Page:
Glufosinate

Laugeray et al., 2014

Anthony Laugeray, Ameziane Herzine, Olivier Perche,1,2 Betty Hébert, Marine Aguillon-Naury, Olivier Richard, Arnaud Menuet, Séverine Mazaud-Guittot, Laurianne Lesné, Sylvain Briault, Bernard Jegou, Jacques Pichon, Céline Montécot-Dubourg, and Stéphane Mortaud, “Pre- and Postnatal Exposure to Low Dose Glufosinate Ammonium Induces Autism-Like Phenotypes in Mice,” Frontiers in Behavioral Neuroscience, 2014, 8:390, DOI: 10.3389/fnbeh.2014.00390

ABSTRACT:

Glufosinate ammonium (GLA) is one of the most widely used herbicides in agriculture. As is the case for most pesticides, potential adverse effects of GLA have not been studied from the perspective of developmental neurotoxicity. Early pesticides exposure may weaken the basic structure of the developing brain and cause permanent changes leading to a wide range of lifelong effects on health and/or behavior. Here, we addressed the developmental impact of GLA by exposing female mice to low dose GLA during both pre- and postnatal periods and analyzed potential developmental and behavioral changes of the offspring during infancy and adulthood. A neurobehavioral test battery revealed significant effects of GLA maternal exposure on early reflex development, pup communication, affiliative behaviors, and preference for social olfactory cues, but emotional reactivity and emotional memory remained unaltered. These behavioral alterations showed a striking resemblance to changes seen in animal models of Autistic Spectrum Disorders. At the brain level, GLA maternal exposure caused some increase in relative brain weight of the offspring. In addition, reduced expression of Pten and Peg3 – two genes implicated in autism-like deficits – was observed in the brain of GLA-exposed pups at postnatal day 15. Our work thus provides new data on the link between pre- and postnatal exposure to the herbicide GLA and the onset of autism-like symptoms later in life. It also raises fundamental concerns about the ability of current safety testing to assess risks of pesticide exposure during critical developmental periods.  FULL TEXT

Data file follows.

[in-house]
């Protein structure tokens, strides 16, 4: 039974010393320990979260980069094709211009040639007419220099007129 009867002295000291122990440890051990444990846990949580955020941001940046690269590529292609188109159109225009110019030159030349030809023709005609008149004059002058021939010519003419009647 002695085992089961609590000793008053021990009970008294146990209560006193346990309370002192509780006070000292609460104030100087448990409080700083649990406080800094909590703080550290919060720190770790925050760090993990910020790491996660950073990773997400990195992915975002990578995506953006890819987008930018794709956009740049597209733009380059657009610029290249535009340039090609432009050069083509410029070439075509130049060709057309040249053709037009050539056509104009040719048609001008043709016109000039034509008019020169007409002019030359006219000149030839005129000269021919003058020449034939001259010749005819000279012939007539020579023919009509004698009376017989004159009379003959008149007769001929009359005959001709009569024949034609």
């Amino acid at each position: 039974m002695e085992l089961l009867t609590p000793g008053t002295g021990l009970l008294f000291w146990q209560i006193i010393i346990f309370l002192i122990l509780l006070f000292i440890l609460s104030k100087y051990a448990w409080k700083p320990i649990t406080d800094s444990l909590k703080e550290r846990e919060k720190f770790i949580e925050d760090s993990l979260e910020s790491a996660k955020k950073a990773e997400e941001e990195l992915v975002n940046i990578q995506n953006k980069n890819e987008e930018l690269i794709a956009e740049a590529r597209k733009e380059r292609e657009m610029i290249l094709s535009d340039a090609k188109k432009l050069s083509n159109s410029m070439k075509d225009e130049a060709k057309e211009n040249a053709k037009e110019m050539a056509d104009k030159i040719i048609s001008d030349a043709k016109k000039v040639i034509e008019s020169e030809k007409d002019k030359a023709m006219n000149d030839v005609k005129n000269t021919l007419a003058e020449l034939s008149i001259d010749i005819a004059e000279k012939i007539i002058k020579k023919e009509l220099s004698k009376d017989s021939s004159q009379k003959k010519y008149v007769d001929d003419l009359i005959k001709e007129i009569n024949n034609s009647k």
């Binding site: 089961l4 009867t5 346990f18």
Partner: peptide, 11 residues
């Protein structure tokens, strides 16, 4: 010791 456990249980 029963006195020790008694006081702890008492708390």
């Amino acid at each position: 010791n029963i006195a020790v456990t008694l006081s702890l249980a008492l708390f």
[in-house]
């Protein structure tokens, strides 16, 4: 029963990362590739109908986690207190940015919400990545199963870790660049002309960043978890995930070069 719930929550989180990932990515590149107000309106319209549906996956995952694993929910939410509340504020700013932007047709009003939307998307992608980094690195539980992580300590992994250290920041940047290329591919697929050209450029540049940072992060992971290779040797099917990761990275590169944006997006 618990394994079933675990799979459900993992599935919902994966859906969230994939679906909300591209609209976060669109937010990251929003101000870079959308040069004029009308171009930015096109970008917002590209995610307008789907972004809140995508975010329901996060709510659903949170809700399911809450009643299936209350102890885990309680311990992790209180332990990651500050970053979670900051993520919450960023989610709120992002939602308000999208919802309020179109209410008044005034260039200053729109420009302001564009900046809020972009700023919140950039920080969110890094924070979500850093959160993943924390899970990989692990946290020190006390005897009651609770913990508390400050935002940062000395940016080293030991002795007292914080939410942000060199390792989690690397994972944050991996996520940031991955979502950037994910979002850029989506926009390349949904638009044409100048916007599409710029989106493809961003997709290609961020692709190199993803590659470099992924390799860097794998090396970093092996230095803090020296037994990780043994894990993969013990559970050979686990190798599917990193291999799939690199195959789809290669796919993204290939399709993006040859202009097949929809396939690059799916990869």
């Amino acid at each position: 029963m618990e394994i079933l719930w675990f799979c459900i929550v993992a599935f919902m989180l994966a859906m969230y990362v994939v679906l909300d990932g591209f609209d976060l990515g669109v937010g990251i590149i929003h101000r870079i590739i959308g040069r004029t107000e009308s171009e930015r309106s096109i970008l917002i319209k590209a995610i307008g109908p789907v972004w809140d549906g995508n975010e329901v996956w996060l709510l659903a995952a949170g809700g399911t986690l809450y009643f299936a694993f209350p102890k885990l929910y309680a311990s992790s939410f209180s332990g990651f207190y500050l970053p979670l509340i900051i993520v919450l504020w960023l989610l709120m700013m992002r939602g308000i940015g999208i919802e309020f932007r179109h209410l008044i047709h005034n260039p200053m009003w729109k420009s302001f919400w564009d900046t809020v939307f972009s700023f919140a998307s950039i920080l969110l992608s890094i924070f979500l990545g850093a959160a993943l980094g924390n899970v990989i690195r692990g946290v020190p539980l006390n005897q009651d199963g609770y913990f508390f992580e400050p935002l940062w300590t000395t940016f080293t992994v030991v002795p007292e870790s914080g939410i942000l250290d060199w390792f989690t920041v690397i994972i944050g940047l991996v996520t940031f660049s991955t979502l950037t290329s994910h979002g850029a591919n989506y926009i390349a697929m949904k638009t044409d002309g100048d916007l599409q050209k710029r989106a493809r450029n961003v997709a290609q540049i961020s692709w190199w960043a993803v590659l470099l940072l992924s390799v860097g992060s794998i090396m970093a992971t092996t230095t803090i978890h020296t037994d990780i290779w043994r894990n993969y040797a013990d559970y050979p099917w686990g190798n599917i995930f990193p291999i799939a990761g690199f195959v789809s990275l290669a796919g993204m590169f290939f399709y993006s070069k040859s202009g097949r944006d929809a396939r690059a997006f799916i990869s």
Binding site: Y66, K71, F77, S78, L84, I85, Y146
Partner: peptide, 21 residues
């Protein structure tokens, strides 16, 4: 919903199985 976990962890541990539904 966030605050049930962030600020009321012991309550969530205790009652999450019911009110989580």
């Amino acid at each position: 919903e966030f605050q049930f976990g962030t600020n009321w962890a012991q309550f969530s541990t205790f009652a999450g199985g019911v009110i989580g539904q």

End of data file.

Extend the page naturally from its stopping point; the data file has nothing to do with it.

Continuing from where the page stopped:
Tsao et al., 2016

Yun-Chen Tsao, Yung-Chun Lai, Hsiu-Chuan Liu, Ray H. Liu, and Dong-Liang Lin, “Simultaneous Determination and Quantitation of Paraquat, Diquat, Glufosinate and Glyphosate,in Postmortem Blood and Urine by LC–MS-MS,” Journal of Analytical Toxicology, 40, 2016, DOI: 10.1093/jat/bkw042

ABSTRACT:

A simple method, incorporating protein-precipitation/organic backwashing and liquid chromatography–tandem mass spectrometry (LC–MS-MS), has been successfully developed for the simultaneous analysis of four highly water-soluble and less volatile herbicides (paraquat, diquat, glufosinate and glyphosate) in ante- and postmortem blood, urine and gastric content samples. Respective isotopically labeled analogs of these analytes were adopted as internal standards.  Acetonitrile and dichloromethane were used for protein precipitation and organic solvent backwashing, respectively, followed by injecting the upper aqueous phase into the LC–MS-MS system. Chromatographic separation was achieved using an Agilent Zorbax SB-Aq analytical column, with gradient elution of 15 mM heptafluorobutyric acid and acetonitrile. Mass spectrometric analysis was performed under electrospray ionization in positive-ion multiple reaction
monitoring mode. The precursor ions and the two transition ions (m/z) adopted for each of these four analytes were paraquat (185; 169 and 115), diquat (183; 157 and 78), glufosinate (182; 136 and 119) and glyphosate (170; 88 and 60), respectively. Analyte-free blood and urine samples, fortified with the analytes of  interest, were used for method development/validation and yielded acceptable recoveries of the analytes; interday and intraday precision and accuracy data; calibration linearity and limits of detection and quantitation. This method was successfully incorporated into an overall analytical scheme, designed for the analysis of a broad range of compounds present in postmortem samples, helpful to medical examiners’ efforts to determine victims’ causes of death. FULL TEXT